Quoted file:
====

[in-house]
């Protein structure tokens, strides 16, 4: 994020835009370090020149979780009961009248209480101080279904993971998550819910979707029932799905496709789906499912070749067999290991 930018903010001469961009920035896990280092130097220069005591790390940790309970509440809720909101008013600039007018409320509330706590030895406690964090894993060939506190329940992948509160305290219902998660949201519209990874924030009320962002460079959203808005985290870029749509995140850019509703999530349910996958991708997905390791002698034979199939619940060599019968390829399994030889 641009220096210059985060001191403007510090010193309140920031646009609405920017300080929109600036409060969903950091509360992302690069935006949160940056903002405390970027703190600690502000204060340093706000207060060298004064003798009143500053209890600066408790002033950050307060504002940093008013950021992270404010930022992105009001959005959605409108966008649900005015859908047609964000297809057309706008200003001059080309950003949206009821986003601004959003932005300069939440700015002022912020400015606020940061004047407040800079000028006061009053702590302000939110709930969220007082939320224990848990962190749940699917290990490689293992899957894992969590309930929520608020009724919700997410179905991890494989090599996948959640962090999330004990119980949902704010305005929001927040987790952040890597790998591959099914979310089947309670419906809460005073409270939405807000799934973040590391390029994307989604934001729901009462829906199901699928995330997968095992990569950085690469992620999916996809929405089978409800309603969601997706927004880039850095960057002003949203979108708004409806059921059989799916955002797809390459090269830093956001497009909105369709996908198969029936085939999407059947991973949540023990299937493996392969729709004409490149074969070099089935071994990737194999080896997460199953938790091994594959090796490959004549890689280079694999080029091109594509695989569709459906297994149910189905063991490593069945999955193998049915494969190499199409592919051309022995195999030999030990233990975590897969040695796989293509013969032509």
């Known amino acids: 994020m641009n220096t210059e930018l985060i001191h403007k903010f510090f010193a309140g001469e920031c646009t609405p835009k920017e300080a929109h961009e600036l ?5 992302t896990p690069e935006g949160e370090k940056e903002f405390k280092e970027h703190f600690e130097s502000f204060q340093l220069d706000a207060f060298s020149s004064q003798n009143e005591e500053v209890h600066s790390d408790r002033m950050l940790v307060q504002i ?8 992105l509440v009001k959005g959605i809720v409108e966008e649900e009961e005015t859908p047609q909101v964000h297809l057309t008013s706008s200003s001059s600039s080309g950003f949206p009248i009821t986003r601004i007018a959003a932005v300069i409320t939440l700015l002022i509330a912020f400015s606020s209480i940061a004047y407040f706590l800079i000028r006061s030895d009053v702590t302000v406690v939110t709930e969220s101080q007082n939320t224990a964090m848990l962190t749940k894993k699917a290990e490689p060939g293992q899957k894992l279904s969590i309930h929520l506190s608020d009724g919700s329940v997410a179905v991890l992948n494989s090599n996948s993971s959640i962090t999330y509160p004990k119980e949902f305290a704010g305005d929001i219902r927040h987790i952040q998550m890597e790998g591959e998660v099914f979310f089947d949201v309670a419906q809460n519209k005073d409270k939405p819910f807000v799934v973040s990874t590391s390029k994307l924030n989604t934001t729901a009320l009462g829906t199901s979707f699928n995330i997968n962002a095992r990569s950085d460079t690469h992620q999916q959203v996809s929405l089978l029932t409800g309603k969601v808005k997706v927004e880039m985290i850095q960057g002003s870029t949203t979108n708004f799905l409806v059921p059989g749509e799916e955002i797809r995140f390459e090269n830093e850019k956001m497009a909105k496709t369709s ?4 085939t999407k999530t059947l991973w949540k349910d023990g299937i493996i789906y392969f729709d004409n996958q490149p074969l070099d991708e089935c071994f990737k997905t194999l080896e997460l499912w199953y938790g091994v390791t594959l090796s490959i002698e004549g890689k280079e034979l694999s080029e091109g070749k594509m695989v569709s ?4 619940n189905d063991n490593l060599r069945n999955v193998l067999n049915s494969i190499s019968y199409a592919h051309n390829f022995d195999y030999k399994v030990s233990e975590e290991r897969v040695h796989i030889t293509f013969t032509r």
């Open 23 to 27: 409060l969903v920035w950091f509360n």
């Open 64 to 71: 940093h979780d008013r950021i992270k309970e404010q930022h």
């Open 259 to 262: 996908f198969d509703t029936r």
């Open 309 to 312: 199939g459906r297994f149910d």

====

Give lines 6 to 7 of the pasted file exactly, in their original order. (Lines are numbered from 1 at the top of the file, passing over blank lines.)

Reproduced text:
């Open 259 to 262: 996908f198969d509703t029936r």
């Open 309 to 312: 199939g459906r297994f149910d």